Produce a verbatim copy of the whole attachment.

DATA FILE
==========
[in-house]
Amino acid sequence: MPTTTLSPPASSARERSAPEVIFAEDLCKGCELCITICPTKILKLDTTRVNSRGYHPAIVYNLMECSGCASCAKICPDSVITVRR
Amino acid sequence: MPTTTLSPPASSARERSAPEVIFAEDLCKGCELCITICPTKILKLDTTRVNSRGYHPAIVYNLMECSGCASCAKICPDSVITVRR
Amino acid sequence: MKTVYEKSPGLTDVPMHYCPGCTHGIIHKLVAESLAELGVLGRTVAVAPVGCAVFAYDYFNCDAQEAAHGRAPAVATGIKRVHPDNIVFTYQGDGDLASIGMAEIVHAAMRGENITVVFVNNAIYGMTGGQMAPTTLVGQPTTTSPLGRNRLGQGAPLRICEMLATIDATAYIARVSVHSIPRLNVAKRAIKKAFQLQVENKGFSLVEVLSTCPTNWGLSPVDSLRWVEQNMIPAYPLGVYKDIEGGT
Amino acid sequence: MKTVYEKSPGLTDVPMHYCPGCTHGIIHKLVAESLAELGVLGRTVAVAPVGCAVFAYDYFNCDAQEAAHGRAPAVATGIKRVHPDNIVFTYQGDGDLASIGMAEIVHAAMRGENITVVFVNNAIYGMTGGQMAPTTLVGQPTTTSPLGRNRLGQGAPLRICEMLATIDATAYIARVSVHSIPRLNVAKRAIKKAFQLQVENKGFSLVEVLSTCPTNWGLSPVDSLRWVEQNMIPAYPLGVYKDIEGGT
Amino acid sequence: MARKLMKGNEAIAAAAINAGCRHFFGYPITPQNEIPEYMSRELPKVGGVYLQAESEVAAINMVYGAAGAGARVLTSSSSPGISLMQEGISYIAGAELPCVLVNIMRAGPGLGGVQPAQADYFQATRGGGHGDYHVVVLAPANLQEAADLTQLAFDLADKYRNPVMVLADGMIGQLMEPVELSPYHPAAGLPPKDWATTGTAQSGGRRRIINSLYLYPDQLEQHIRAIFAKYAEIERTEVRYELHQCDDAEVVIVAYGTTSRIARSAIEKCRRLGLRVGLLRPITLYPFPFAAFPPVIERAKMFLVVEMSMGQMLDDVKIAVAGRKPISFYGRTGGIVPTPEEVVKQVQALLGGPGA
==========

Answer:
[in-house]
Amino acid sequence: MPTTTLSPPASSARERSAPEVIFAEDLCKGCELCITICPTKILKLDTTRVNSRGYHPAIVYNLMECSGCASCAKICPDSVITVRR
Amino acid sequence: MPTTTLSPPASSARERSAPEVIFAEDLCKGCELCITICPTKILKLDTTRVNSRGYHPAIVYNLMECSGCASCAKICPDSVITVRR
Amino acid sequence: MKTVYEKSPGLTDVPMHYCPGCTHGIIHKLVAESLAELGVLGRTVAVAPVGCAVFAYDYFNCDAQEAAHGRAPAVATGIKRVHPDNIVFTYQGDGDLASIGMAEIVHAAMRGENITVVFVNNAIYGMTGGQMAPTTLVGQPTTTSPLGRNRLGQGAPLRICEMLATIDATAYIARVSVHSIPRLNVAKRAIKKAFQLQVENKGFSLVEVLSTCPTNWGLSPVDSLRWVEQNMIPAYPLGVYKDIEGGT
Amino acid sequence: MKTVYEKSPGLTDVPMHYCPGCTHGIIHKLVAESLAELGVLGRTVAVAPVGCAVFAYDYFNCDAQEAAHGRAPAVATGIKRVHPDNIVFTYQGDGDLASIGMAEIVHAAMRGENITVVFVNNAIYGMTGGQMAPTTLVGQPTTTSPLGRNRLGQGAPLRICEMLATIDATAYIARVSVHSIPRLNVAKRAIKKAFQLQVENKGFSLVEVLSTCPTNWGLSPVDSLRWVEQNMIPAYPLGVYKDIEGGT
Amino acid sequence: MARKLMKGNEAIAAAAINAGCRHFFGYPITPQNEIPEYMSRELPKVGGVYLQAESEVAAINMVYGAAGAGARVLTSSSSPGISLMQEGISYIAGAELPCVLVNIMRAGPGLGGVQPAQADYFQATRGGGHGDYHVVVLAPANLQEAADLTQLAFDLADKYRNPVMVLADGMIGQLMEPVELSPYHPAAGLPPKDWATTGTAQSGGRRRIINSLYLYPDQLEQHIRAIFAKYAEIERTEVRYELHQCDDAEVVIVAYGTTSRIARSAIEKCRRLGLRVGLLRPITLYPFPFAAFPPVIERAKMFLVVEMSMGQMLDDVKIAVAGRKPISFYGRTGGIVPTPEEVVKQVQALLGGPGA